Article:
There comes a point in almost every mature software program's life when its developers look at themselves and ask, "What are we going to put it in this now?" Roxio's disc-burning program Toast Titanium passed that point some time ago…
The base Toast software is the CD, DVD and – with the aid of a paid-for plug-in – Blu-ray burning program. Give it video or audio and Toast will burn it to a disc for you, in one of many formats, from data backup through to MP3 CD through to Video CD or DVD.
Like iDVD, it also comes with menu themes, so you don't have to stare at file listings or a blank screen. Toast 10 has 20 new menu styles, which replace those from Toast 9.
Too much of a good thing?
As well as this range of destination formats, there's a wide range of sources you can use: there's an iPhoto and iTunes browser, and tools for compressing videos down so they'll fit onto smaller discs, merging disc images and more.
New to Toast 10 are functions for creating AVCHD archives from your high-def camcorder, so you can archive video for use later; and a tool for creating compilation DVDs from VIDEO_TS folders. But, note that Roxio has removed HD-DVD and DivX disc authoring capabilities.
Unfortunately, to justify Toast 10's rather hefty £80- £120 price tag, Roxio has thrown in just about everything but the kitchen sink.
There's a conversion tool that lets you take video and convert it to play on iPods, PlayStations, PSPs, Blackberries, Treos, and other devices. You can extract clips from DVD Video for conversion. There's a new tool for converting audiobook CDs into iPod audiobook format while changing the playback speed. There's even a tool that enables you to capture streaming Flash video from websites such as YouTube.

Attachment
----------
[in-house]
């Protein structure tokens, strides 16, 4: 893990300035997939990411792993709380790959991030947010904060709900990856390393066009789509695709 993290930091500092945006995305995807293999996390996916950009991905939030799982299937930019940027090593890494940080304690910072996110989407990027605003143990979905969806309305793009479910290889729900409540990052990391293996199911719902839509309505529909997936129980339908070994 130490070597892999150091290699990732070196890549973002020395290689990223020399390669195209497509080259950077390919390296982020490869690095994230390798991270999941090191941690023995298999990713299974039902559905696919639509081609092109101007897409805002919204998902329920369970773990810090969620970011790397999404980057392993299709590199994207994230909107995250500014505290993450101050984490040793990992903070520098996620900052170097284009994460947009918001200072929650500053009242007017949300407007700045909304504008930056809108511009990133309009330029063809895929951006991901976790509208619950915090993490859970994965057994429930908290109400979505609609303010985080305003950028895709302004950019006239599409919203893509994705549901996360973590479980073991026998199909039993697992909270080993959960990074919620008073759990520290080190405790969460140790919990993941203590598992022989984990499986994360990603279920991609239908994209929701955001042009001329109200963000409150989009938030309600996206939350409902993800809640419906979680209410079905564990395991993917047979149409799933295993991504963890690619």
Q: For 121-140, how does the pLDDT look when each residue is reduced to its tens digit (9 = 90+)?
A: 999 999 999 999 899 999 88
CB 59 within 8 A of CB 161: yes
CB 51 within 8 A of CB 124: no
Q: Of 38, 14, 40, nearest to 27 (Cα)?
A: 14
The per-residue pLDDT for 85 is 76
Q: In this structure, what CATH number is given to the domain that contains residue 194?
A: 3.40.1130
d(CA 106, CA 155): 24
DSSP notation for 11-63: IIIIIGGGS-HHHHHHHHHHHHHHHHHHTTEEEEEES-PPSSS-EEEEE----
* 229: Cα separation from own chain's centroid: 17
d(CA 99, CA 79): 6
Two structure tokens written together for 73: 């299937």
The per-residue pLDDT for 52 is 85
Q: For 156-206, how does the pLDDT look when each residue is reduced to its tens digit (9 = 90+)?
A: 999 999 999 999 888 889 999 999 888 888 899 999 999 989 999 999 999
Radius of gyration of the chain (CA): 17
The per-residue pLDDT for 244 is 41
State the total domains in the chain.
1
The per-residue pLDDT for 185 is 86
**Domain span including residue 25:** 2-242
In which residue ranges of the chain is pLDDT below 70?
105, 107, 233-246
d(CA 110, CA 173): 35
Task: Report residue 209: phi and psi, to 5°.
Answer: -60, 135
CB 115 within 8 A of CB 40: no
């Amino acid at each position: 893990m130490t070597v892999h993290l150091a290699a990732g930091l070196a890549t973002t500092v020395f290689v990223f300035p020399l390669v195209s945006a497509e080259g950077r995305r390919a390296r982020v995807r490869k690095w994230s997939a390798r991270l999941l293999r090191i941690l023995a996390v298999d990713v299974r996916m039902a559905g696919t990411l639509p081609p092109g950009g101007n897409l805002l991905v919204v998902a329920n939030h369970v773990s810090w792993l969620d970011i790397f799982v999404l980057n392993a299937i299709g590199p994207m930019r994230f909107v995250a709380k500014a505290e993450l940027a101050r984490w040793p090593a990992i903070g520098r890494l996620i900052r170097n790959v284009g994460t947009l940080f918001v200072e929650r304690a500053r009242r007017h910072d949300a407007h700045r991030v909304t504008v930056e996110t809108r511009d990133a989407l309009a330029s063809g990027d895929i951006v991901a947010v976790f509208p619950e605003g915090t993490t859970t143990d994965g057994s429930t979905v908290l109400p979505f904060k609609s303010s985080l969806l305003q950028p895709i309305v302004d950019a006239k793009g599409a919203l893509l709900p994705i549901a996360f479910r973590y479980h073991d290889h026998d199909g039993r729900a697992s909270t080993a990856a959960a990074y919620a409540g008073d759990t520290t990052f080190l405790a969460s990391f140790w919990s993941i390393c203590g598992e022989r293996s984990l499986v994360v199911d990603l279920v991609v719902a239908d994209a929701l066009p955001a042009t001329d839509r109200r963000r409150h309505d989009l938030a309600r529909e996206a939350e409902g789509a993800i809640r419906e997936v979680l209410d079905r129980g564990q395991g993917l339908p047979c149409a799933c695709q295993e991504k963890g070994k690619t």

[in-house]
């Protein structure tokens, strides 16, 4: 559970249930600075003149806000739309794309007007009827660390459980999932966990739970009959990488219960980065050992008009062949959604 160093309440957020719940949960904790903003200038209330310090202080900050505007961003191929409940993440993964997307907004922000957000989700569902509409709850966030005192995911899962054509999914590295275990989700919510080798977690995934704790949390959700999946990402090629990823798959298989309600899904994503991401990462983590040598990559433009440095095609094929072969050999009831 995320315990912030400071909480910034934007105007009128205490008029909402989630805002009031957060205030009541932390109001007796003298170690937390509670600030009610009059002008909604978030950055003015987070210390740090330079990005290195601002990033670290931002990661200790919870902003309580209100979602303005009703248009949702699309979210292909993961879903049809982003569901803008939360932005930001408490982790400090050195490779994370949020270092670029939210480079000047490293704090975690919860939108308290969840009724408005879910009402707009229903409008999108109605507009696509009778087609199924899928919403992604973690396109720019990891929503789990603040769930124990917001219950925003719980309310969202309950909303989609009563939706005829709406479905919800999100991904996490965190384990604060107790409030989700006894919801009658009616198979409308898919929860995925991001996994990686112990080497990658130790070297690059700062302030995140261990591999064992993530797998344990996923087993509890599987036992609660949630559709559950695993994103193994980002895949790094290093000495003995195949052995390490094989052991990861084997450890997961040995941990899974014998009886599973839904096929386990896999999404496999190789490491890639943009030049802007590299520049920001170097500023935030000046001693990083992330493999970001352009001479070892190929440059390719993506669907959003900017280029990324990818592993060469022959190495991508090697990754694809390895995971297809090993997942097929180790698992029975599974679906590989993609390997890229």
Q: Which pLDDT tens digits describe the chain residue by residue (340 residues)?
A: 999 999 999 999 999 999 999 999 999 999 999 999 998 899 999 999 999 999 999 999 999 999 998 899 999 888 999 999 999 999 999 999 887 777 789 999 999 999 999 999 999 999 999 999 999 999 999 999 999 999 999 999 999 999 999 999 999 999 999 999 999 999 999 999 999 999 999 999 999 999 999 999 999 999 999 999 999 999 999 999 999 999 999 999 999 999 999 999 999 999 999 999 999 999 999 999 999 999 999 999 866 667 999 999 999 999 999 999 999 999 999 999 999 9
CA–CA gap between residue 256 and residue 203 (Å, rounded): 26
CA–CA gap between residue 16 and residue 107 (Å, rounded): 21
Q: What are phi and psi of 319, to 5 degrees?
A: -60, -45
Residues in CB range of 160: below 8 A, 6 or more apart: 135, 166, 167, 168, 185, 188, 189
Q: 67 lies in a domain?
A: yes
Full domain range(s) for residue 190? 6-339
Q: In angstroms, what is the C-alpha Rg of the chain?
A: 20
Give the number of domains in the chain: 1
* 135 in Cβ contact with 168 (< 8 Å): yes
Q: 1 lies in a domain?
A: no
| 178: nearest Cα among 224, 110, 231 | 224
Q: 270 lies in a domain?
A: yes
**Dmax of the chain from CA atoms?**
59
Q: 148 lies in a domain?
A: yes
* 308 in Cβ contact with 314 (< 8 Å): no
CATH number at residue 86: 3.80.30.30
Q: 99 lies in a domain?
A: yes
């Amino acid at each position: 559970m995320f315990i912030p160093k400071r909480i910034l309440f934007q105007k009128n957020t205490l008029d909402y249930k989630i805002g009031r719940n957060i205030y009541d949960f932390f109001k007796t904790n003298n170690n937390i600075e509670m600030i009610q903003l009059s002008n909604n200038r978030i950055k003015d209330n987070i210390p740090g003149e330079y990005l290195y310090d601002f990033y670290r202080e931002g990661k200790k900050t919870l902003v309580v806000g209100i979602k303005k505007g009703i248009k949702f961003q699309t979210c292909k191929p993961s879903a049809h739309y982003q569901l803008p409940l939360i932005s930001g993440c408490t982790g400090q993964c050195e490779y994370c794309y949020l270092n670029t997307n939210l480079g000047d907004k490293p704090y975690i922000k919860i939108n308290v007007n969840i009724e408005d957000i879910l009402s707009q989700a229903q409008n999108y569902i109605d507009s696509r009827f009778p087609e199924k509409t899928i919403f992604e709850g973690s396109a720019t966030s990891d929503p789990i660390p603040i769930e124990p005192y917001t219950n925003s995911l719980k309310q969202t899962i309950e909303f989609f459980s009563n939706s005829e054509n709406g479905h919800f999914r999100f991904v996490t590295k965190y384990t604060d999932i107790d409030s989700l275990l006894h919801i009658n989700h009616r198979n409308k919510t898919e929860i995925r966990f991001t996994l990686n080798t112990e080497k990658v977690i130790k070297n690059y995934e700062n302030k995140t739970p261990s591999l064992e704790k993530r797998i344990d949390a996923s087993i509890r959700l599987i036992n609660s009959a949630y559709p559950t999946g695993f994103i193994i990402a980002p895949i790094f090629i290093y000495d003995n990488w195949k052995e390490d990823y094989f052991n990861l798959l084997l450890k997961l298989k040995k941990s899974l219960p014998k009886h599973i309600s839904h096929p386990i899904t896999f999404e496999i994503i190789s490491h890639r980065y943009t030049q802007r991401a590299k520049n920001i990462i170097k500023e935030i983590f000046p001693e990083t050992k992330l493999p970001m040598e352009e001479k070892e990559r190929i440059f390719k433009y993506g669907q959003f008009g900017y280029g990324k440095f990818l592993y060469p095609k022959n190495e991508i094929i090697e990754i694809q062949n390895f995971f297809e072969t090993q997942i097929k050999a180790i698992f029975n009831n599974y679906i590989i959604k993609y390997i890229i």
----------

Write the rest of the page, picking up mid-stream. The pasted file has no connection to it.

Bundled with Toast is a plethora of other programs, some of which are obviously relevant, some of which take gilding the lily to a new level: there's DiscCatalog Maker RE for cataloguing disks and creating Cover Flow images for them; CD Spin Doctor for recording and manipulating audio files from LPs, tapes or web streams, cleaning them up and adding metadata; Get Backup 2 for file system folder synchronisation; Disc Cover 2 for making inlays; and the new Streamer application, which together with a free iPhone/ iPod touch application, lets you watch videos you have on your Mac over the net.
Since you have to convert the video anyway, why you wouldn't store it on your iPod, we don't actually know.
If you spend the £40 extra on the Professional version of Toast, you'll also get SonicFire Pro for authoring soundtracks; SoundSoap for improving the sound on video and audio files; FotoMagico for creating HD slideshows; and LightZone for touching up photos.
These applications are all available elsewhere for less, but with Toast 10 you will make a saving if you were planning on buying two or more of these.
There are some useful new features in Toast 10: the improved interface is easier to read and the media browser is easier to use, although, as a whole, the interface is harder to use, with a lot of the functionality hidden away.
Other features, particularly those in Toast 10 Pro, are largely superfluous. It still offers rock-solid disc burning, and if you want to do some professional authoring Toast is the tool to have, but if you already have an older version then stick with it.